KOKOMO – Single payer health care is on its way, as inevitable as the rising sun. Through the cumulative effects of Democratic scheming, Republican incompetence and the ignorance of the American people, we stand on the brink of the final dismemberment of the greatest health care system in the world. Soon we will enter a world of rationed medical care, medical treatment by committee and true equality of health care, where the only equality of care will be that no one will receive quality care. Call me a pessimist, but I have seen this train wreck coming for several years, at least since 1993. Since that time, health care has become an effective wedge issue for both political parties. Much as the issue of abortion has been used for political purposes since Roe v. Wade, access to universal affordable health care has become the football of choice for the game of divide and conquer played by Republicans and Democrats alike. Although the issue of socialized medicine dates back many decades, its latest incarnation began in earnest with the creation of the Clinton Health Care Task Force, in 1993. After campaigning for the need for universal health care during the 1992 presidential election, newly elected President Bill Clinton acted quickly in January, 1993, to appoint his wife Hillary to chair a task force to design a plan for universal care. Conservatives, Libertarians and the health care industry banded together to launch an all-out attack on Clinton’s plan.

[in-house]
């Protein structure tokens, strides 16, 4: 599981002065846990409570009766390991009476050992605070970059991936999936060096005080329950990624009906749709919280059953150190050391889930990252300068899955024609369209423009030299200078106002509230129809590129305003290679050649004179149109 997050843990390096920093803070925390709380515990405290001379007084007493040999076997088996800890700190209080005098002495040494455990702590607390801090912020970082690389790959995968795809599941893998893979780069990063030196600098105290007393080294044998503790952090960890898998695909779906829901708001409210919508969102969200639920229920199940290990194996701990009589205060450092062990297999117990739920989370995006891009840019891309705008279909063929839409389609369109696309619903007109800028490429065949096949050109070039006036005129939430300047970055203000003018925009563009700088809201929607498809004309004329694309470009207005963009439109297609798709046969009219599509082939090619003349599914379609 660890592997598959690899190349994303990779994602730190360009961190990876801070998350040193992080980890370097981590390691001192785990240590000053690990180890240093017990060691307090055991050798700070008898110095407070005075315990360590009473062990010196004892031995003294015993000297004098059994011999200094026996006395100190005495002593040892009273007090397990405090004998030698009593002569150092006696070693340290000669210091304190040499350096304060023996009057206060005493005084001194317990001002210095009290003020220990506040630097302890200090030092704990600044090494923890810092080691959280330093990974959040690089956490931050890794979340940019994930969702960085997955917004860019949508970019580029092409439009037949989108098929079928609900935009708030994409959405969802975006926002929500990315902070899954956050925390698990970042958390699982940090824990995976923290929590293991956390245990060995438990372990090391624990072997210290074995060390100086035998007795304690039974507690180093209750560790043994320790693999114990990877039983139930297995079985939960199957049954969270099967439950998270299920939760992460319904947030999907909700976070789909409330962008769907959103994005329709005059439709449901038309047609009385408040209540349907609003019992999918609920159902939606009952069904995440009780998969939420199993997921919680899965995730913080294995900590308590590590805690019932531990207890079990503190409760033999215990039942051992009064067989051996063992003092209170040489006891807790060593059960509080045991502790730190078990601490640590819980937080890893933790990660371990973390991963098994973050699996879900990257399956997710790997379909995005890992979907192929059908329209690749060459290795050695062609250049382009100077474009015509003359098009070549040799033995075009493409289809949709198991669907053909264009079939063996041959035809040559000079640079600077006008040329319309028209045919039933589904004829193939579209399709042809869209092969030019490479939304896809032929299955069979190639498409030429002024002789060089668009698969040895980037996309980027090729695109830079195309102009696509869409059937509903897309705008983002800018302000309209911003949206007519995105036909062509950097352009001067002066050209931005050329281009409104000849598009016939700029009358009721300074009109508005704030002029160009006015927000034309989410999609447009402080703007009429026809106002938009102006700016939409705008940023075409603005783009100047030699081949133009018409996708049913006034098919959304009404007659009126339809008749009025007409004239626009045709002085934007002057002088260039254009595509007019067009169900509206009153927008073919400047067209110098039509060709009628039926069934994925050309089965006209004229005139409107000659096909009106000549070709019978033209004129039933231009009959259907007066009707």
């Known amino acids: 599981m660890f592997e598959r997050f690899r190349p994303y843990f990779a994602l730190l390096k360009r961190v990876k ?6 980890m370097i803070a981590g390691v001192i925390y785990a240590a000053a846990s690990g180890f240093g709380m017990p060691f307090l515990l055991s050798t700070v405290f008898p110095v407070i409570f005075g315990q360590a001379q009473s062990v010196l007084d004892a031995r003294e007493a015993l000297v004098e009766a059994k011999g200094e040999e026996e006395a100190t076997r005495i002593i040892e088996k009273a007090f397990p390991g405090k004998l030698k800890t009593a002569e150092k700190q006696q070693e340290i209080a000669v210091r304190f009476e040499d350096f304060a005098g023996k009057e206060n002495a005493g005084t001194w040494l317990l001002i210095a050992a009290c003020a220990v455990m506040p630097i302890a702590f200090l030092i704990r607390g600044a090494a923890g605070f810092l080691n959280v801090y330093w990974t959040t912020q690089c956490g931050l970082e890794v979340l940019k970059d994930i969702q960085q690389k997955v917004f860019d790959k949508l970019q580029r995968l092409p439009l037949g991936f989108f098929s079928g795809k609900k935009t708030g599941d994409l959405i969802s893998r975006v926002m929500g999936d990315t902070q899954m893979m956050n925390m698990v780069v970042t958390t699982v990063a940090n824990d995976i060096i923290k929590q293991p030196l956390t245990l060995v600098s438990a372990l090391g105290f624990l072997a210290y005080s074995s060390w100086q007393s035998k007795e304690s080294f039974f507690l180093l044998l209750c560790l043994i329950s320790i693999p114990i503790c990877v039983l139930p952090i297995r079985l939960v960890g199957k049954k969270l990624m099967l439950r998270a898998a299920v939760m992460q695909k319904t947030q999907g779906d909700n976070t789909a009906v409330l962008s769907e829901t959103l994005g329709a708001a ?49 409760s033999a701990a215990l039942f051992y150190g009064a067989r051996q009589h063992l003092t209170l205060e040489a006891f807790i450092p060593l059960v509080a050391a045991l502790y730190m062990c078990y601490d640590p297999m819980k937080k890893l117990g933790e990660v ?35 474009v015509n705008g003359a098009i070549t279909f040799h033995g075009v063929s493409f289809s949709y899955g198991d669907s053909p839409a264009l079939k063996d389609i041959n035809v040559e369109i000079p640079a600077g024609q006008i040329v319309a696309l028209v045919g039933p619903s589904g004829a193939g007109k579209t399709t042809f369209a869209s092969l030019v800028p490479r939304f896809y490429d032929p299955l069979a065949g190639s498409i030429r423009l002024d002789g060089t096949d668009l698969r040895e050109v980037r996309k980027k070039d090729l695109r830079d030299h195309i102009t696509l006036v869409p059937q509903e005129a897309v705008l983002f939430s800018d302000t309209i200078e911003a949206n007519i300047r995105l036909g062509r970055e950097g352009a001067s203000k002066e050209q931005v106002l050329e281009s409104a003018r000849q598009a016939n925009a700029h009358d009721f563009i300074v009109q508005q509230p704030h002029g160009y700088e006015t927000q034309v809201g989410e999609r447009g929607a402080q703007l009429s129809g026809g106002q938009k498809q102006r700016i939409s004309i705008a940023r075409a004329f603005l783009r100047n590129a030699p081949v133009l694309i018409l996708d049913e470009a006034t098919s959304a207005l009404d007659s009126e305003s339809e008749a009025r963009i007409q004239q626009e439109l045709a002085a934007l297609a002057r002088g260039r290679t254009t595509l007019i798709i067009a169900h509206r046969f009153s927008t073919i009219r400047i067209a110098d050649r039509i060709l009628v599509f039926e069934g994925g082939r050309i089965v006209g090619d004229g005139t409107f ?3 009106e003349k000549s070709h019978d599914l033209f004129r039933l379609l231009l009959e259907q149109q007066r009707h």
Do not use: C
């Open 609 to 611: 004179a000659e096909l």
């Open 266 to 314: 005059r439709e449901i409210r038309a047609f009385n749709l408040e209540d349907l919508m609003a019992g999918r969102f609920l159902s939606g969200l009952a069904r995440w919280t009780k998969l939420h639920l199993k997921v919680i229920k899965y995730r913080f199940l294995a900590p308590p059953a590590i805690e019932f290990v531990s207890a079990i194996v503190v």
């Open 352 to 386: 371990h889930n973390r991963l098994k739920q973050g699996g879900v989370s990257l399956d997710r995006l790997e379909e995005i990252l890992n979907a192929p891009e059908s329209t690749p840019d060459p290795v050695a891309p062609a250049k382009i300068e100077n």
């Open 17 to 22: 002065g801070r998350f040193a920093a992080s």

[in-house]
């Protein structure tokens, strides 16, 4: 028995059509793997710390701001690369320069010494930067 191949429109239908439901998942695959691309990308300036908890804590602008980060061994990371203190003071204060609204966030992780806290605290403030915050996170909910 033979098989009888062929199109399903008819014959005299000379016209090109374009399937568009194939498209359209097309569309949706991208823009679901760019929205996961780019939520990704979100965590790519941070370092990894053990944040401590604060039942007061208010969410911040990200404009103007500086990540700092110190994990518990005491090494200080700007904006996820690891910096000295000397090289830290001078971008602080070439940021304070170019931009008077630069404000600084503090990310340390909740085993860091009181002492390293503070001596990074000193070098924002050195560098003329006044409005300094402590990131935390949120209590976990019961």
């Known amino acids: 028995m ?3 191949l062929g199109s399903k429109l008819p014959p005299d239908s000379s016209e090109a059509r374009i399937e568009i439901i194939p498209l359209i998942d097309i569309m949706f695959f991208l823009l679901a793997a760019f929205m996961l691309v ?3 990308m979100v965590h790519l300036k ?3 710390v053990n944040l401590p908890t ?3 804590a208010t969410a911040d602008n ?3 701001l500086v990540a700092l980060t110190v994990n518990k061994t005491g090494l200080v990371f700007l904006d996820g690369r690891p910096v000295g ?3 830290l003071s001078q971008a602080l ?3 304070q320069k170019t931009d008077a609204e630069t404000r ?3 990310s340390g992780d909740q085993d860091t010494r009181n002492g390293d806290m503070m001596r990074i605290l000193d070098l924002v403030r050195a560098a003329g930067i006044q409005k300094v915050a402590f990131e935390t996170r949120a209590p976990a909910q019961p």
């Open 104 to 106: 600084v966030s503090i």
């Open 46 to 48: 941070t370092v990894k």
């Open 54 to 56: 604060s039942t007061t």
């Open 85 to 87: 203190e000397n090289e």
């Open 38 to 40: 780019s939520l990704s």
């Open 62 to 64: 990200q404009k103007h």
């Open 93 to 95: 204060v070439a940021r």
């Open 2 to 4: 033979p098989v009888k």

• By JACK COLWELL